September 21, 2012 by Charlie Eisenhood in News with 3 comments
Just days before today’s threatened termination of the Rhode Island Rampage contract with the American Ultimate Disc League, Steve Gordon, the majority owner of the new Chicago AUDL franchise and a minority owner of the Boston franchise, offered Emerson Kilgore, the owner of the Rampage, a settlement deal.
The settlement would allow the league to place a team in Boston, which falls within the 100-mile non-compete radius of the Rampage’s territory. Kilgore has been adamant that the league may not put a team in Boston and is battling the AUDL in court to block them from doing so.
Gordon, who spoke on behalf of himself and Boston co-owner Brent Steepe (who also serves as the AUDL VP of Marketing), was in negotiations with Kilgore over the weekend.
On Monday, Gordon sent the following proposal to Kilgore for consideration.
Thanks for taking the time to talk tonight. I really enjoyed the opportunity to get to know you a little bit and get a better feel for another owner.
As I mentioned, my intention is to find the best direction to satisfy us both in this issue. I’m really encouraged to hear the experience you bring to the table, especially with contracts, as I have. That said, we both know the conventional method of negotiation is to ask for more than you would ever expect as a starting point so that upon compromising on certain issues, you still end up where you hoped to be.
As you can see, I did NOT take that approach. First of all, we don’t have the time for that. Second, my feeling is that if we come to an agreement, we’re going to be co-franchise owners in this league and therefore partners that need each other to do well. As such, I decided to lay out an offer that is fair right off the bat in an effort to show good faith. We both need the other to feel good about the deal so I went 50/50 immediately.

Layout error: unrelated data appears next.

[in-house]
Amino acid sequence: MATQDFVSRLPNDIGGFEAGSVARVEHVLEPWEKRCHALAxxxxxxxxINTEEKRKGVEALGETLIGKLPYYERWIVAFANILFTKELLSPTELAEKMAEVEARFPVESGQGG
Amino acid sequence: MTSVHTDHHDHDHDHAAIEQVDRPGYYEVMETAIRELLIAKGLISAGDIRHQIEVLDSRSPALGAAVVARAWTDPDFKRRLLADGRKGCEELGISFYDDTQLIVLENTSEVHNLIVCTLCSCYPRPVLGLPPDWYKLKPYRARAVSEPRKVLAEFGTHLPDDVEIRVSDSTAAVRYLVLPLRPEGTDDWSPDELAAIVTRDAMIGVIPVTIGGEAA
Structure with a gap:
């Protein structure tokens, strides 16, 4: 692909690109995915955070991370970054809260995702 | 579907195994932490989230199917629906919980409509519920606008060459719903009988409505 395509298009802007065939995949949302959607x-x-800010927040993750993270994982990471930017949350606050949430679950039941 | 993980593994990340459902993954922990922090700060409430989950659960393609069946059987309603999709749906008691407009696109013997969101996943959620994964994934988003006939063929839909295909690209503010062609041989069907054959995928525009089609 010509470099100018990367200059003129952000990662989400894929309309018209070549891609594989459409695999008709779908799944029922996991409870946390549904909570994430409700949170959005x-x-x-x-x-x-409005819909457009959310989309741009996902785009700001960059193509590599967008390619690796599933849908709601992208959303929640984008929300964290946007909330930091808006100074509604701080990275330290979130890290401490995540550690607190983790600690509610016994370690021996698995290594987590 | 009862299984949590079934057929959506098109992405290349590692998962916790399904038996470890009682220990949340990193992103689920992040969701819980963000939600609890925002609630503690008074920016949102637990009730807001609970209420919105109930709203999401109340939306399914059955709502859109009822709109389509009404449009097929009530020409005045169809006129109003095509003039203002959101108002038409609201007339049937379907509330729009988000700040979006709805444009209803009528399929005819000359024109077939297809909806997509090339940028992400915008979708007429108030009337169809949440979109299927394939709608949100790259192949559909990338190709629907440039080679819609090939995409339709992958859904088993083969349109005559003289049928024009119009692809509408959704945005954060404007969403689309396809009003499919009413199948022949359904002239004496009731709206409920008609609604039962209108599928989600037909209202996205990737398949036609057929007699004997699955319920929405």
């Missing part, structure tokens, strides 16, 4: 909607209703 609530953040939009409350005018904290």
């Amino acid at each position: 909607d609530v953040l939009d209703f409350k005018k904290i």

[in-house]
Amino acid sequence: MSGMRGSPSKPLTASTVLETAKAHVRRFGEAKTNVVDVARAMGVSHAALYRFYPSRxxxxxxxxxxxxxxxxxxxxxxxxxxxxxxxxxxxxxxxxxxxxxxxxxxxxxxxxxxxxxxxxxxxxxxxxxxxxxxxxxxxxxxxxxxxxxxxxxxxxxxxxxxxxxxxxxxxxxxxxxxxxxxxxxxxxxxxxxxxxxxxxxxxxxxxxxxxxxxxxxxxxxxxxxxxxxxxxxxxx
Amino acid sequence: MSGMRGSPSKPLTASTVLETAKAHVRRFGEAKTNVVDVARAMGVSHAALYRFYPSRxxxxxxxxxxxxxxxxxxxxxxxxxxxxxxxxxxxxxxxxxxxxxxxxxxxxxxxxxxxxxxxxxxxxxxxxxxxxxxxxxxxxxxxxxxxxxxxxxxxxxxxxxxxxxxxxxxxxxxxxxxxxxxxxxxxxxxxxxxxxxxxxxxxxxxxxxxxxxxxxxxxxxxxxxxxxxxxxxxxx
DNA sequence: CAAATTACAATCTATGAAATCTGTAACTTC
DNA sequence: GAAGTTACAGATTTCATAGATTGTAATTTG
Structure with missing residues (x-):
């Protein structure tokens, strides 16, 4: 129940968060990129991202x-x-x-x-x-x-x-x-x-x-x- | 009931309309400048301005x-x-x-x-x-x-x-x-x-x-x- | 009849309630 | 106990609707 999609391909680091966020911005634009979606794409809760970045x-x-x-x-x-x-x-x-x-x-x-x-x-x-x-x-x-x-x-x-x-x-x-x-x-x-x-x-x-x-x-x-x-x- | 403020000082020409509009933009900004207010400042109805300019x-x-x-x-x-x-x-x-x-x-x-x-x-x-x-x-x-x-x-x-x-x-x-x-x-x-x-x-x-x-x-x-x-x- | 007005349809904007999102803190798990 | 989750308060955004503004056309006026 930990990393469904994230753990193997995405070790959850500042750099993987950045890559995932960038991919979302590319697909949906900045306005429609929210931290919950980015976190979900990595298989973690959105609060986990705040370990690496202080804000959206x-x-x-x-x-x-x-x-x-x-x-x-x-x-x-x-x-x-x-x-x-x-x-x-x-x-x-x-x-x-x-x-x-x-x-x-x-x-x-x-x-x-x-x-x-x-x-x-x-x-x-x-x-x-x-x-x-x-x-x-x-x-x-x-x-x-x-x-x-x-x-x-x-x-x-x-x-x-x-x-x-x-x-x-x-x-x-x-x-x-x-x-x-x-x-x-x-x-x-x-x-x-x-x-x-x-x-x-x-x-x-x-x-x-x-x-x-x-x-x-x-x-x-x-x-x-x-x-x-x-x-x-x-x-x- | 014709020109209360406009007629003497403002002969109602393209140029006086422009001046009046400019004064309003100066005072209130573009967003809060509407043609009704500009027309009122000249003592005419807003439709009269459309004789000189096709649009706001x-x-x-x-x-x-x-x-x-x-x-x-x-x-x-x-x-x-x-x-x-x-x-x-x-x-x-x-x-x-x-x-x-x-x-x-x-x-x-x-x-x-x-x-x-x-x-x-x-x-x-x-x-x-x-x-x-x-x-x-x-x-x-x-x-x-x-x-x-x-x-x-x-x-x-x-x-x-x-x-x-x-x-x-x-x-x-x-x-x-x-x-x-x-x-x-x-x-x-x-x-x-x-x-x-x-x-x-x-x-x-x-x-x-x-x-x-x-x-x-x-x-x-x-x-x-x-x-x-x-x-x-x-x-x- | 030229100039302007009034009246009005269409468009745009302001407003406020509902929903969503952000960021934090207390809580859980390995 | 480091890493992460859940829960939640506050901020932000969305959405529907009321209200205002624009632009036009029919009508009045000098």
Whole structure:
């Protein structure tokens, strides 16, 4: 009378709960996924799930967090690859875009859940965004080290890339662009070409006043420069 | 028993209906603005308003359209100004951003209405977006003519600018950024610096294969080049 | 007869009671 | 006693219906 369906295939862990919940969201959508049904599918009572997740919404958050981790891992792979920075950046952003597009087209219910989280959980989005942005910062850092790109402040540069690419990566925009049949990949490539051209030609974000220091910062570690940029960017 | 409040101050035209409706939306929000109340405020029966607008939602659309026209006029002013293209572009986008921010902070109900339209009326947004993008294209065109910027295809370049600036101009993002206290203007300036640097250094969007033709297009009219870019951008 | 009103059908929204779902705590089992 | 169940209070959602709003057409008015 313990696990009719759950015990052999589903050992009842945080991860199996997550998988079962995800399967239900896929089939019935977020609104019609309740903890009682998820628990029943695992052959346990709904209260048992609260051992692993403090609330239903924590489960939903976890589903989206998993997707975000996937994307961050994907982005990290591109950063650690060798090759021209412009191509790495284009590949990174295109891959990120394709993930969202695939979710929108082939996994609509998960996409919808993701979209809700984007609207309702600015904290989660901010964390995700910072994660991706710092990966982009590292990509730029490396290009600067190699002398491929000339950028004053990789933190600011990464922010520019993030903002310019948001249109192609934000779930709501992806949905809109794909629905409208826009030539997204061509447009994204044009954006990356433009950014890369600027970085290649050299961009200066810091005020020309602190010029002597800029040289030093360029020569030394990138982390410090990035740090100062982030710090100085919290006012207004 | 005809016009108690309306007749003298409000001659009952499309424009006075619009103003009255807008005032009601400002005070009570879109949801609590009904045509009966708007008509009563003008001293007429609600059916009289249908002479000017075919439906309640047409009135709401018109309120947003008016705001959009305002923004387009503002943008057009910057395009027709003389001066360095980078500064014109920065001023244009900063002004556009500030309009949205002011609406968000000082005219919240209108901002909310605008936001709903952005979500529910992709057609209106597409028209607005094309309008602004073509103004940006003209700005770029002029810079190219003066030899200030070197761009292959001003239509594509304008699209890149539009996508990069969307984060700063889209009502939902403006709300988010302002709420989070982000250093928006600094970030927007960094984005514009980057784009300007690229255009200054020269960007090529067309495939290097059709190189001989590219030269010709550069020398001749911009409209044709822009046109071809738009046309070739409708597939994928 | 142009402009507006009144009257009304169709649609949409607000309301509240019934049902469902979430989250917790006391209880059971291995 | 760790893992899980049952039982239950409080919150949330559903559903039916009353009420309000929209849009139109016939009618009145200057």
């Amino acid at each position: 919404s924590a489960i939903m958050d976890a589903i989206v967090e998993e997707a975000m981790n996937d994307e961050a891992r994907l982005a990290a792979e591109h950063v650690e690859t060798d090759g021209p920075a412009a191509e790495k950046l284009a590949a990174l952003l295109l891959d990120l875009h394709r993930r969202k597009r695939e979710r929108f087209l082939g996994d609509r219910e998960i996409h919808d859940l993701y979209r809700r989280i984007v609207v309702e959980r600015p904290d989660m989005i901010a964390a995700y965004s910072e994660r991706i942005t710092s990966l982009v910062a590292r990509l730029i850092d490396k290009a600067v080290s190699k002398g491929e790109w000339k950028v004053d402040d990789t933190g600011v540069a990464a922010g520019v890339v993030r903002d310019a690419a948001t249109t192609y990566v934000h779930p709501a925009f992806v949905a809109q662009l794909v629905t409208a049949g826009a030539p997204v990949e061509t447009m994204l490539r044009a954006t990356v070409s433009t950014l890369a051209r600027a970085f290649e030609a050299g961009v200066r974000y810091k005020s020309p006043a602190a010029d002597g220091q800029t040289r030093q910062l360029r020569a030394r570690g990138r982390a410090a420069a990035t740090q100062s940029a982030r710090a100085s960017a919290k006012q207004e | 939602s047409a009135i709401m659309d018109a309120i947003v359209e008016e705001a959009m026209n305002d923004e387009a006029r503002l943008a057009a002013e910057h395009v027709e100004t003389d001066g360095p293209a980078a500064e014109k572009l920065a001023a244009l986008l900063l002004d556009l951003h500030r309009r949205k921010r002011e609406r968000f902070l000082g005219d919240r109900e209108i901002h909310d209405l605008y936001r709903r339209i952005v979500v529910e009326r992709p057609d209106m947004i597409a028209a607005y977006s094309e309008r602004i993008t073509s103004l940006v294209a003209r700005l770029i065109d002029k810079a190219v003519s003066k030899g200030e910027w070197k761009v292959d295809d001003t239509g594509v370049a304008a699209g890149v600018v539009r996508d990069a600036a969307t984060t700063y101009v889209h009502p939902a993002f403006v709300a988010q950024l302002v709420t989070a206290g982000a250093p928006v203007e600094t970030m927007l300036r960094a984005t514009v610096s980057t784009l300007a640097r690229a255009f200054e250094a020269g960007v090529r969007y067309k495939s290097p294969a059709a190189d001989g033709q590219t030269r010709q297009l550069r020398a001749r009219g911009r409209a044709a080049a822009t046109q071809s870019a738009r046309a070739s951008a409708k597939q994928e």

As discussed, here’s what I propose.
1. We begin by agreeing to a 50/50 split of the franchise.
2. Upon selling an interest to [redacted] or any other investor, we would split the proceeds evenly.
3. If the ownership purchase is less than 100% (which is the goal), the remaining ownership would be split 50/50.
4. FOR EXAMPLE, Let’s say that [redacted] purchased 70% of the franchise. We would split the proceeds from the sale 50/50, and split the remaining 30% evenly, or 15% each.
a. However, because Brent and I would not be interested in retaining our 15%, we would be open to selling it to you or [redacted] at the same value (per 1%) as was paid for the majority by [redacted].
5. We would co-negotiate the deal with [redacted] to maximize the value.
Obviously, this would require league approval.
Emerson, that’s the suggestion. I think it’s fair, and we circumvent the loss of valuable time by getting right to where the agreement needs to be, rather than starting at a point that requires tons of time to negotiate when we’re going to end up right back here anyway.
Please let me know your thoughts. I look forward to hearing from you.
Kilgore declined the offer. He told Ultiworld that it was “an insult.”
Since there has been no settlement and no further discussions, it is likely that the Rampage will be officially notified of their contract’s termination later today by Josh Moore, the President of the AUDL, for a failure to pay fines and meet league standards as laid out in the Operating Agreement.